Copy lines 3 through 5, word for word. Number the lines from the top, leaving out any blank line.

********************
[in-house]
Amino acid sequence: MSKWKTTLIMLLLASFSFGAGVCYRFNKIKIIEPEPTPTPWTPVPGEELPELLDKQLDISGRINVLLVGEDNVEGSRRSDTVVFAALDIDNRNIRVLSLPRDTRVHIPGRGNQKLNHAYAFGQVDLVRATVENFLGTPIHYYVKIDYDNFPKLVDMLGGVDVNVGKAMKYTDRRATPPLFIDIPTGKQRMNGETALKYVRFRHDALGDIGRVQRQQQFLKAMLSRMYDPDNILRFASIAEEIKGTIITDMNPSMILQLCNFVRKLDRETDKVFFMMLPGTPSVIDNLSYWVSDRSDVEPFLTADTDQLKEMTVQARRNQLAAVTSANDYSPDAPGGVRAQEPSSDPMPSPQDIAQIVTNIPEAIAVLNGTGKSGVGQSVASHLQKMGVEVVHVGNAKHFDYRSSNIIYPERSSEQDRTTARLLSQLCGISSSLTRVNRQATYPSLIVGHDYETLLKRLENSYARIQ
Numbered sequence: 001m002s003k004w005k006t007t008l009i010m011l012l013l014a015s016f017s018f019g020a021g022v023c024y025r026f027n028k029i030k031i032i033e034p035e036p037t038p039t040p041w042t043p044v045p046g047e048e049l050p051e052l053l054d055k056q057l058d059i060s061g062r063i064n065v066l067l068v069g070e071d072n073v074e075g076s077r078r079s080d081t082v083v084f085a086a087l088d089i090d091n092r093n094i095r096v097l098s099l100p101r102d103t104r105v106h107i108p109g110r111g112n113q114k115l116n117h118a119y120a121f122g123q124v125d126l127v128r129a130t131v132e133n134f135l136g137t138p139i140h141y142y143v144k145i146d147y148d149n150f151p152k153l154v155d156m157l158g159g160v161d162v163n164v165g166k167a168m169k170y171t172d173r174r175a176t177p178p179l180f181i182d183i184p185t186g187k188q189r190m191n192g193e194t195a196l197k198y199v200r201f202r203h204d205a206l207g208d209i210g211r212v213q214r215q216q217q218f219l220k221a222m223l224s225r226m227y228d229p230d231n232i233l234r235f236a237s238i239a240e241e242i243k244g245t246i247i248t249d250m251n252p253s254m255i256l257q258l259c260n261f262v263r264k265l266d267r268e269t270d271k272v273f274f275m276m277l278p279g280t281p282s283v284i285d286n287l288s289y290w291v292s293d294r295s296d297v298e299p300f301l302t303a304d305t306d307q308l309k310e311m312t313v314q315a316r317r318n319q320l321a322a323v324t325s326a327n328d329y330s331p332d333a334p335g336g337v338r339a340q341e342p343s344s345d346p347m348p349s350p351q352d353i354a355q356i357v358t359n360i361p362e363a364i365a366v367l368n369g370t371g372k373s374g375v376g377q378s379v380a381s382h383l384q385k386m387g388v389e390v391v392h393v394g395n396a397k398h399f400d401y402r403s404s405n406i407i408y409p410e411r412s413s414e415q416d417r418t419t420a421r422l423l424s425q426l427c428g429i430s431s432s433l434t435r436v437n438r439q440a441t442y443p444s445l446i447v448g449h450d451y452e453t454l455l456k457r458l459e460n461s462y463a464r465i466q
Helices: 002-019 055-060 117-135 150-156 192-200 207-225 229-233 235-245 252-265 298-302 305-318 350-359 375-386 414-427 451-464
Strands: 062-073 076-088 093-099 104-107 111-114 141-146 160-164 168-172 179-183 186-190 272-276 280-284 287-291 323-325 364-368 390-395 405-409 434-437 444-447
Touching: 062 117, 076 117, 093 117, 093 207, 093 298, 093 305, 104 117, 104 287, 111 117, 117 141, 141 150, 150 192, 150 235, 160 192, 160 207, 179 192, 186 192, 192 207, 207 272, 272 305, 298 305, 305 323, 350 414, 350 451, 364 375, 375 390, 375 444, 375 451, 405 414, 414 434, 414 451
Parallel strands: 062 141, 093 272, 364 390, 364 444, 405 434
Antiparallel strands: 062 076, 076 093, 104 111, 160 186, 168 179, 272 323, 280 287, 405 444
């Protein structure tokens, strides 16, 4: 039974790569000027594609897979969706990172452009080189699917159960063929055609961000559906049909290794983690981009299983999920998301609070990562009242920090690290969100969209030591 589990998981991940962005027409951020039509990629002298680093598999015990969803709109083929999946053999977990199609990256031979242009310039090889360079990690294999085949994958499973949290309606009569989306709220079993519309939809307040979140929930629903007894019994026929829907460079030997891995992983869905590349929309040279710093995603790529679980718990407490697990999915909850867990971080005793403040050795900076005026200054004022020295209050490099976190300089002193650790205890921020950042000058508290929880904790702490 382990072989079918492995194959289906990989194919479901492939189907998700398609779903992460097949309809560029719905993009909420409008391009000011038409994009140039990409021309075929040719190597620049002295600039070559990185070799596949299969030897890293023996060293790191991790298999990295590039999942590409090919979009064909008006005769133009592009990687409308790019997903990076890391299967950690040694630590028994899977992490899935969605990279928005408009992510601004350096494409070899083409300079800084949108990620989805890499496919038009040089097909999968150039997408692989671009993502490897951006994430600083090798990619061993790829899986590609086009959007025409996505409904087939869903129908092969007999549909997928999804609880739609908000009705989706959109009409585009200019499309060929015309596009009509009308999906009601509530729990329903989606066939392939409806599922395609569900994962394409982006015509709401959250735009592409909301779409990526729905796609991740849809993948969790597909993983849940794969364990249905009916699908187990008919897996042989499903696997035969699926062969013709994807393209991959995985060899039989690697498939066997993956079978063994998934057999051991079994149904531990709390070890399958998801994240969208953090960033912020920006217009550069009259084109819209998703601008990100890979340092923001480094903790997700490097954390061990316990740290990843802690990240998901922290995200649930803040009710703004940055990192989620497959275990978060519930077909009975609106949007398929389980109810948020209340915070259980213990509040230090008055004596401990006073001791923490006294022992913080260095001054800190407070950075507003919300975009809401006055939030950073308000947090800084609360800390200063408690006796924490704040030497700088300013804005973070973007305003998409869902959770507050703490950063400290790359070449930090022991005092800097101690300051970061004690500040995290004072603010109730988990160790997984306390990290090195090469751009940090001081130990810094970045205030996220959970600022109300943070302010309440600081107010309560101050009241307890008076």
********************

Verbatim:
Numbered sequence: 001m002s003k004w005k006t007t008l009i010m011l012l013l014a015s016f017s018f019g020a021g022v023c024y025r026f027n028k029i030k031i032i033e034p035e036p037t038p039t040p041w042t043p044v045p046g047e048e049l050p051e052l053l054d055k056q057l058d059i060s061g062r063i064n065v066l067l068v069g070e071d072n073v074e075g076s077r078r079s080d081t082v083v084f085a086a087l088d089i090d091n092r093n094i095r096v097l098s099l100p101r102d103t104r105v106h107i108p109g110r111g112n113q114k115l116n117h118a119y120a121f122g123q124v125d126l127v128r129a130t131v132e133n134f135l136g137t138p139i140h141y142y143v144k145i146d147y148d149n150f151p152k153l154v155d156m157l158g159g160v161d162v163n164v165g166k167a168m169k170y171t172d173r174r175a176t177p178p179l180f181i182d183i184p185t186g187k188q189r190m191n192g193e194t195a196l197k198y199v200r201f202r203h204d205a206l207g208d209i210g211r212v213q214r215q216q217q218f219l220k221a222m223l224s225r226m227y228d229p230d231n232i233l234r235f236a237s238i239a240e241e242i243k244g245t246i247i248t249d250m251n252p253s254m255i256l257q258l259c260n261f262v263r264k265l266d267r268e269t270d271k272v273f274f275m276m277l278p279g280t281p282s283v284i285d286n287l288s289y290w291v292s293d294r295s296d297v298e299p300f301l302t303a304d305t306d307q308l309k310e311m312t313v314q315a316r317r318n319q320l321a322a323v324t325s326a327n328d329y330s331p332d333a334p335g336g337v338r339a340q341e342p343s344s345d346p347m348p349s350p351q352d353i354a355q356i357v358t359n360i361p362e363a364i365a366v367l368n369g370t371g372k373s374g375v376g377q378s379v380a381s382h383l384q385k386m387g388v389e390v391v392h393v394g395n396a397k398h399f400d401y402r403s404s405n406i407i408y409p410e411r412s413s414e415q416d417r418t419t420a421r422l423l424s425q426l427c428g429i430s431s432s433l434t435r436v437n438r439q440a441t442y443p444s445l446i447v448g449h450d451y452e453t454l455l456k457r458l459e460n461s462y463a464r465i466q
Helices: 002-019 055-060 117-135 150-156 192-200 207-225 229-233 235-245 252-265 298-302 305-318 350-359 375-386 414-427 451-464
Strands: 062-073 076-088 093-099 104-107 111-114 141-146 160-164 168-172 179-183 186-190 272-276 280-284 287-291 323-325 364-368 390-395 405-409 434-437 444-447